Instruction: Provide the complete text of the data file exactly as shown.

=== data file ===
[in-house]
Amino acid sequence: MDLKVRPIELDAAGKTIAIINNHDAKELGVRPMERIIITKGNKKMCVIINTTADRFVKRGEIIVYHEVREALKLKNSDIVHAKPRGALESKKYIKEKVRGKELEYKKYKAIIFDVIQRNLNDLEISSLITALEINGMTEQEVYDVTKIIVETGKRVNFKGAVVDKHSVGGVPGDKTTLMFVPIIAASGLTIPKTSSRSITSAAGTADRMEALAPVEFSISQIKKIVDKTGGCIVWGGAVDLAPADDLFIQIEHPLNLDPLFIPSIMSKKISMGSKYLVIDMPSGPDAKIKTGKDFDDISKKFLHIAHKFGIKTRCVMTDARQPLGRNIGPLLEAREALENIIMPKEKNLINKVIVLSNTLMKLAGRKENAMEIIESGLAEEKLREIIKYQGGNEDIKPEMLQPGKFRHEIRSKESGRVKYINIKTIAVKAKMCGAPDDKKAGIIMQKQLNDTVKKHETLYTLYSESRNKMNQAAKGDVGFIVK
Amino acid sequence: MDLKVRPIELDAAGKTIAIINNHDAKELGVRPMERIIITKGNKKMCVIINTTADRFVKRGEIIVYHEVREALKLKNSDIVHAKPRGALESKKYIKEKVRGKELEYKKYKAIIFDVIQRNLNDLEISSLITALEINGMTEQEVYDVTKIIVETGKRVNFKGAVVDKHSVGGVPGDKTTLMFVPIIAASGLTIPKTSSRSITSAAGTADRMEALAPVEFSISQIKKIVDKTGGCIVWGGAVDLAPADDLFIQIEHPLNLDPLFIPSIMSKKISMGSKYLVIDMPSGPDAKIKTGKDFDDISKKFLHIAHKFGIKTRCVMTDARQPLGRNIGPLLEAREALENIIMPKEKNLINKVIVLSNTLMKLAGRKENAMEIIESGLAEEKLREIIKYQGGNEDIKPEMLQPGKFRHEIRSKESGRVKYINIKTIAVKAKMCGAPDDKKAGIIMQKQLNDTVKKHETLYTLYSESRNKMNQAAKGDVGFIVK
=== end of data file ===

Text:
[in-house]
Amino acid sequence: MDLKVRPIELDAAGKTIAIINNHDAKELGVRPMERIIITKGNKKMCVIINTTADRFVKRGEIIVYHEVREALKLKNSDIVHAKPRGALESKKYIKEKVRGKELEYKKYKAIIFDVIQRNLNDLEISSLITALEINGMTEQEVYDVTKIIVETGKRVNFKGAVVDKHSVGGVPGDKTTLMFVPIIAASGLTIPKTSSRSITSAAGTADRMEALAPVEFSISQIKKIVDKTGGCIVWGGAVDLAPADDLFIQIEHPLNLDPLFIPSIMSKKISMGSKYLVIDMPSGPDAKIKTGKDFDDISKKFLHIAHKFGIKTRCVMTDARQPLGRNIGPLLEAREALENIIMPKEKNLINKVIVLSNTLMKLAGRKENAMEIIESGLAEEKLREIIKYQGGNEDIKPEMLQPGKFRHEIRSKESGRVKYINIKTIAVKAKMCGAPDDKKAGIIMQKQLNDTVKKHETLYTLYSESRNKMNQAAKGDVGFIVK
Amino acid sequence: MDLKVRPIELDAAGKTIAIINNHDAKELGVRPMERIIITKGNKKMCVIINTTADRFVKRGEIIVYHEVREALKLKNSDIVHAKPRGALESKKYIKEKVRGKELEYKKYKAIIFDVIQRNLNDLEISSLITALEINGMTEQEVYDVTKIIVETGKRVNFKGAVVDKHSVGGVPGDKTTLMFVPIIAASGLTIPKTSSRSITSAAGTADRMEALAPVEFSISQIKKIVDKTGGCIVWGGAVDLAPADDLFIQIEHPLNLDPLFIPSIMSKKISMGSKYLVIDMPSGPDAKIKTGKDFDDISKKFLHIAHKFGIKTRCVMTDARQPLGRNIGPLLEAREALENIIMPKEKNLINKVIVLSNTLMKLAGRKENAMEIIESGLAEEKLREIIKYQGGNEDIKPEMLQPGKFRHEIRSKESGRVKYINIKTIAVKAKMCGAPDDKKAGIIMQKQLNDTVKKHETLYTLYSESRNKMNQAAKGDVGFIVK